British cities are moving to reduce the impact of “studentification”

Those were the days: the cast of The Young Ones, c1982. Image: BBC.

The tension between town and gown is as old as the existence of universities themselves. The appropriately named St Scholastica’s Day Riot of 1355 was an actual battle between the students of the University of Oxford and the residents of the town. It broke out over the quality of some wine, and only ended when almost a hundred were dead.

Nowadays, the tension may be less deadly, but it remains, nonetheless. The total number of students in Britain has shot up 400,000 in the last 17 years – and they all need somewhere to live.

The grottiness of student life has been almost mythologised, with all the noise, rubbish and midweek parties that spill out into the street. The growth of the student population can even affect the very fabric of an area as the local economy starts to cater to their needs (more student bars, fewer primary schools). Local families are priced out as landlords see the benefits of buy-to-lets for students.

In true modern fashion we’ve even come up with a neologism, to help us get our head around this phenomenon. We call it “studentification”.

At the root of all this is Houses in Multiple Occupation, or HMOs. Defined as houses where at least three tenants live, they are perfect place for young professionals and students to live for a few years.


In the vast majority of UK cities between half and three quarters of students live in HMOs or similar types of accommodation. Usually focused on areas close to universities, the concentration of student HMOs in certain areas has led to them derogatorily being called ‘student ghettos’.

By way of example: student accommodation now makes up 75 per cent of the Green Lane area of Durham, two-thirds of Headingley in Leeds and as high as 90 per cent in certain areas of Nottingham. The remaining permanent residents have to put up with all the chaos of student life, as well as neighbours who change on a yearly basis.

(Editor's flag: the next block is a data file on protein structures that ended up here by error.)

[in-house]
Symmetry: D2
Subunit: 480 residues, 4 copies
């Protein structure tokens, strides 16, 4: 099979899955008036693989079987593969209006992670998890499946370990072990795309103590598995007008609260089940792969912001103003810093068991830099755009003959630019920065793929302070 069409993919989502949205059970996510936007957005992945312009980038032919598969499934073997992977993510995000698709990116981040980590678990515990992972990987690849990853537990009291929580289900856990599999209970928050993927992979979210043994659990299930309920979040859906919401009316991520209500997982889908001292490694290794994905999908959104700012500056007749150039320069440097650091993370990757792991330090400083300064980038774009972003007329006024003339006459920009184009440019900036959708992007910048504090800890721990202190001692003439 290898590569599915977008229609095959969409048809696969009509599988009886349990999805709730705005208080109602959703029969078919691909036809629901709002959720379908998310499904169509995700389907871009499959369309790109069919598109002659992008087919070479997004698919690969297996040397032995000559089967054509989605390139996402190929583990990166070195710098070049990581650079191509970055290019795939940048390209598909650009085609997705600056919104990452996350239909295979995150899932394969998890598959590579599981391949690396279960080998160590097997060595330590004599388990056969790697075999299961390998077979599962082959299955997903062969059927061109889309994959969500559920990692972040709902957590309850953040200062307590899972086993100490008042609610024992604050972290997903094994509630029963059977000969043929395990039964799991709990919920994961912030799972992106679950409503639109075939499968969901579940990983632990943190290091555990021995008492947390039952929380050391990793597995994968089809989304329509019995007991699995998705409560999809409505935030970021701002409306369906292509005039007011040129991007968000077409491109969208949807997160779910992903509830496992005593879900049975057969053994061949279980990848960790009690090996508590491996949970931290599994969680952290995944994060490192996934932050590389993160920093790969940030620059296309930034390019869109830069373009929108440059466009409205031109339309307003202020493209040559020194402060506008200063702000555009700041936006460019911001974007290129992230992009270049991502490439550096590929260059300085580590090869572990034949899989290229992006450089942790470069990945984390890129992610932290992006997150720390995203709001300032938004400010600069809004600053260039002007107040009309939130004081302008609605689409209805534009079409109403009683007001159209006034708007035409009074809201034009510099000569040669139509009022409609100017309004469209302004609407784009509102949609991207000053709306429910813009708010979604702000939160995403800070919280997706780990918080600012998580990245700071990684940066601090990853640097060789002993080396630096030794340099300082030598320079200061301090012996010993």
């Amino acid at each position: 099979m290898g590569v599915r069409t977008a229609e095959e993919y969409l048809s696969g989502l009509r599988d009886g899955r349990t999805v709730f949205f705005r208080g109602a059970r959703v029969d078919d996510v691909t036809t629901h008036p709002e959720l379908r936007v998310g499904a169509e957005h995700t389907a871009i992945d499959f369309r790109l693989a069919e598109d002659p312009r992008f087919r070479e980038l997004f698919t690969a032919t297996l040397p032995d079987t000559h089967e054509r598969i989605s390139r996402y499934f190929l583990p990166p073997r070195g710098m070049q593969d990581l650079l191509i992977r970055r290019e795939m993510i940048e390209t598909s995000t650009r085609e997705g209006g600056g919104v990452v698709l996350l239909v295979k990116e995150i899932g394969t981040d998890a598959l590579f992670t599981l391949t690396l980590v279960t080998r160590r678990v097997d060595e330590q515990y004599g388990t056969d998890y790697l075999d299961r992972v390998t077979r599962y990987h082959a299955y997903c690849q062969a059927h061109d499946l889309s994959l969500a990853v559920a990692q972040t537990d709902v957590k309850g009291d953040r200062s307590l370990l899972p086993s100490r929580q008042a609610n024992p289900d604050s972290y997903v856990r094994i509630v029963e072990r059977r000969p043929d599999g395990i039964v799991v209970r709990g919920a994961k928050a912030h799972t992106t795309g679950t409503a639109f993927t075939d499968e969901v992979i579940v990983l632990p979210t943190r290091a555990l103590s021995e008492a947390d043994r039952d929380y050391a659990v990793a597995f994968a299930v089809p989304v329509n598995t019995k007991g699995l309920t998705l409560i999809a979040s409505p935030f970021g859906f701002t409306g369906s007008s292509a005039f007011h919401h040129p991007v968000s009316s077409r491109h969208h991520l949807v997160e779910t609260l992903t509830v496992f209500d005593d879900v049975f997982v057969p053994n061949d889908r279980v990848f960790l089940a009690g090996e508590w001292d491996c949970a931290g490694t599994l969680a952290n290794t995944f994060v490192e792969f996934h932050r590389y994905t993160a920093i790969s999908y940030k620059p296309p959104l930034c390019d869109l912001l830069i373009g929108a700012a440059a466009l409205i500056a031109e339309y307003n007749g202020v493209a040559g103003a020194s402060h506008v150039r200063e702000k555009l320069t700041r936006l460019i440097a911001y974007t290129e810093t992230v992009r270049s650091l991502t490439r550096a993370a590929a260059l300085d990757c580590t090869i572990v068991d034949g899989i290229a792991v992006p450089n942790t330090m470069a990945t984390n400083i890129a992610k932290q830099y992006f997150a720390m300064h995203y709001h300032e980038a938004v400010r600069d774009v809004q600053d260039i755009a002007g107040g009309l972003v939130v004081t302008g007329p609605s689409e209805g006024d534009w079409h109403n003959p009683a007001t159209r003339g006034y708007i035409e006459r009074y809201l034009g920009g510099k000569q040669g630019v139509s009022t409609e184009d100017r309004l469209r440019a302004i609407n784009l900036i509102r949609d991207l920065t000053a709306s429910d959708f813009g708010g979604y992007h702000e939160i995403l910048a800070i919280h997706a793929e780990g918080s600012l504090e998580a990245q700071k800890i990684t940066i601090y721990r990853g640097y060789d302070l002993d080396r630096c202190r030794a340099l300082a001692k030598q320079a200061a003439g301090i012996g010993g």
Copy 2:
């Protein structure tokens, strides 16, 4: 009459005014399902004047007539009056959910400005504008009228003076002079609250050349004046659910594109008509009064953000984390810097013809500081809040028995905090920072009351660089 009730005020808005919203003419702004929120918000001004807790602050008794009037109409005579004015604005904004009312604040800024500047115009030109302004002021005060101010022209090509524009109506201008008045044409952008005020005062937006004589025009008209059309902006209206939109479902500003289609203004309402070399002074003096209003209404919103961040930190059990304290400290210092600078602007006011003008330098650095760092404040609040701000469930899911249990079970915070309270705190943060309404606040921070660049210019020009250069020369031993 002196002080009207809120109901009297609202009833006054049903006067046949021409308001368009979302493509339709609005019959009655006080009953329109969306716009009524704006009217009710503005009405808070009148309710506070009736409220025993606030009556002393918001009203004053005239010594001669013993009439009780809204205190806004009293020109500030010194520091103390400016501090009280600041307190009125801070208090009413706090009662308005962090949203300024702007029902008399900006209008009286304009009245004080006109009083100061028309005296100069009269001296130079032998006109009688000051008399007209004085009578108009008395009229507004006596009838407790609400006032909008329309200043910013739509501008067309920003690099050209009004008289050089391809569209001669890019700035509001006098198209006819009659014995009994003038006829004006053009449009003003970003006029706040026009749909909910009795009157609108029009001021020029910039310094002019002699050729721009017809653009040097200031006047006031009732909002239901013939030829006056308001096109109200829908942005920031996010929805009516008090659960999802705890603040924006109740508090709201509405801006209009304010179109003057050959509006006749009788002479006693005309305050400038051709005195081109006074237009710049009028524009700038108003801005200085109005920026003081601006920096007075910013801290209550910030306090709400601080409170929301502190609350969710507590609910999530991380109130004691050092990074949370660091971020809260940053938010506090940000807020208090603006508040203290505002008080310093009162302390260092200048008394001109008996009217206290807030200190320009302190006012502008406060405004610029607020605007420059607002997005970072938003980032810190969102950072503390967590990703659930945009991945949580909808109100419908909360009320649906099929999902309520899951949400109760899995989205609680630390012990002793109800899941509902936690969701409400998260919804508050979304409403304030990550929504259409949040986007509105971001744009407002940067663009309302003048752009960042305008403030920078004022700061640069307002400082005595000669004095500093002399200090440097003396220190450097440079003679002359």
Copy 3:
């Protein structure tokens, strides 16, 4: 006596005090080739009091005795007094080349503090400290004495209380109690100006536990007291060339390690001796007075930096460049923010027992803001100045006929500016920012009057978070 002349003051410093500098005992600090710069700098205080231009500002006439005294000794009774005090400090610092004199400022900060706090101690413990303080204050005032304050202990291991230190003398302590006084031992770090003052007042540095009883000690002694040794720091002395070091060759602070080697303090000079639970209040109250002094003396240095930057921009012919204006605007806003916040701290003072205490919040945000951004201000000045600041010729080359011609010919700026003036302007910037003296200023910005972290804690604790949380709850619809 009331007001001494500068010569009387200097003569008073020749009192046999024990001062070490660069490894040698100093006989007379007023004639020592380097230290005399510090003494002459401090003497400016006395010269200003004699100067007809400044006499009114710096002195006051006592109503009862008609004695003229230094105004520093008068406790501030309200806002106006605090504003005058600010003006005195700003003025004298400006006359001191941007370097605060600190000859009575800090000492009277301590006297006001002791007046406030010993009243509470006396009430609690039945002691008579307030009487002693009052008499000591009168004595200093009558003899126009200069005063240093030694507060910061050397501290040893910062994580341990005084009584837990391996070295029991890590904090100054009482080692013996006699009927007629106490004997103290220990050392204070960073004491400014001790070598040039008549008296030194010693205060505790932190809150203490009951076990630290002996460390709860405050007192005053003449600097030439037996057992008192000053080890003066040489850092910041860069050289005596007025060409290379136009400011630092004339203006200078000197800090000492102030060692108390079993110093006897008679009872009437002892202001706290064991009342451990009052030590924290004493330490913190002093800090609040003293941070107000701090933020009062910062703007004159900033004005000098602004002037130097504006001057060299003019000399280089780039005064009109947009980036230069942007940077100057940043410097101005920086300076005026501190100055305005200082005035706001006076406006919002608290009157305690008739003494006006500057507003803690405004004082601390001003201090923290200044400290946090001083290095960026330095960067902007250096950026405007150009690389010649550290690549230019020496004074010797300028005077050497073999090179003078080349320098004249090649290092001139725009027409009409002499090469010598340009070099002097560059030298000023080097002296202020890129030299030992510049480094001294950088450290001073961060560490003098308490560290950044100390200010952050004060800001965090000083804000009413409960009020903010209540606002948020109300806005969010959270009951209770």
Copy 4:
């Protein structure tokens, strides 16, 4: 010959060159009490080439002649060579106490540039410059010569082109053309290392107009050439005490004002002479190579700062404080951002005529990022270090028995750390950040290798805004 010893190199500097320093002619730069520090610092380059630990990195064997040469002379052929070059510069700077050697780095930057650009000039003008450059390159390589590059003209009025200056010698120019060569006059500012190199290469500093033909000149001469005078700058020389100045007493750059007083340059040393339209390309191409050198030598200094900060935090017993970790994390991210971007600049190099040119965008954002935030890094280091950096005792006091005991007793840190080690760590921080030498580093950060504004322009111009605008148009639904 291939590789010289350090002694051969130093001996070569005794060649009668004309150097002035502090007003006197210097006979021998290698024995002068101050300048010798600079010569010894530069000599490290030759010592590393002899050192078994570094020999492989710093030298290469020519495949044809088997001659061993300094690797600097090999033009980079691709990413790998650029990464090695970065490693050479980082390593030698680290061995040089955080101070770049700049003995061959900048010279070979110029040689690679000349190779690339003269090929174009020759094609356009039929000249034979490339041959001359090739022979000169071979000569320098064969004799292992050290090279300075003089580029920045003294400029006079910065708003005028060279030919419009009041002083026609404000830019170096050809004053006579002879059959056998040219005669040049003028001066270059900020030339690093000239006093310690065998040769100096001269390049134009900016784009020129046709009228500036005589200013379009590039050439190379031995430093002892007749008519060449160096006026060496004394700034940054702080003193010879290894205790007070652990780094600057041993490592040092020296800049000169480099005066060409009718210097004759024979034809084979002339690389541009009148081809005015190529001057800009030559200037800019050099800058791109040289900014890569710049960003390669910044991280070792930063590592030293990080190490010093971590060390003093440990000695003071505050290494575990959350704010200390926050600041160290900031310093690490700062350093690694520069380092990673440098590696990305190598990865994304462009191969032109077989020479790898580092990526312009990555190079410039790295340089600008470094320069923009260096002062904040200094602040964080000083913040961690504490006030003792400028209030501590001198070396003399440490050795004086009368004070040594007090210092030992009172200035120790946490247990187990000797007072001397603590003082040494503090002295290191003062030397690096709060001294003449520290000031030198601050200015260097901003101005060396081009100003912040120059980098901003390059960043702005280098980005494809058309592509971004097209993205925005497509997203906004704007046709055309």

Studentification can have political repercussions, too. In last year’s General Election, the constituency of Canterbury voted Labour for the first time in 100 years. Many attributed this to the student vote.

Local government is taking steps to combat the massive change student concentration cause. Councils have sought extra powers to limit the numbers of HMOs in Oxford, Durham, Nottingham, Birmingham, Worcester and Leeds. In Exeter, the City Council has set a target that 75 per cent of all increases in the student population should be housed in what is known as Purpose Built Student Accommodation (PBSA) – more colloquially, halls of residence.

PBSAs do combat the effect of students living in HMOs, but can’t resolve the ‘ghetto’ effect of concentrated student areas. The disruption to local communities can only be resolved by city planners working with PBSA providers to figure out the best place to build new student accommodation.

Students can bring great advantages to an area: an increased range of goods and services, development of social/cultural spaces and a vibrant population. But these need to be harnessed and planned for. If ex-industrial land and other brownfield sites were to be used for PBSA developments they could be part of the revitalisation of the area.

Otherwise, students will spill out into the private HMO sector which, left unchecked, can seriously damage local communities. And we don’t want another St Scholastica’s Day Riot on our hands, do we?

 
 
 
 

Here’s how Henry Ford and IKEA could provide the key to solving the housing crisis

A flatpack house designed by architectural firm Rogers Stirk Harbour and Partners, on display at the Royal Academy, London, in 2013. Image: Getty.

For many people, the housing market is not a welcoming place. The rungs of the property ladder seem to get further and further out of reach. There are loud calls to build hundreds of thousands of new homes (and equally loud demands that they’re not built in anyone’s back yard).

If there was ever a time to introduce mass-produced affordable housing, surely that time is now.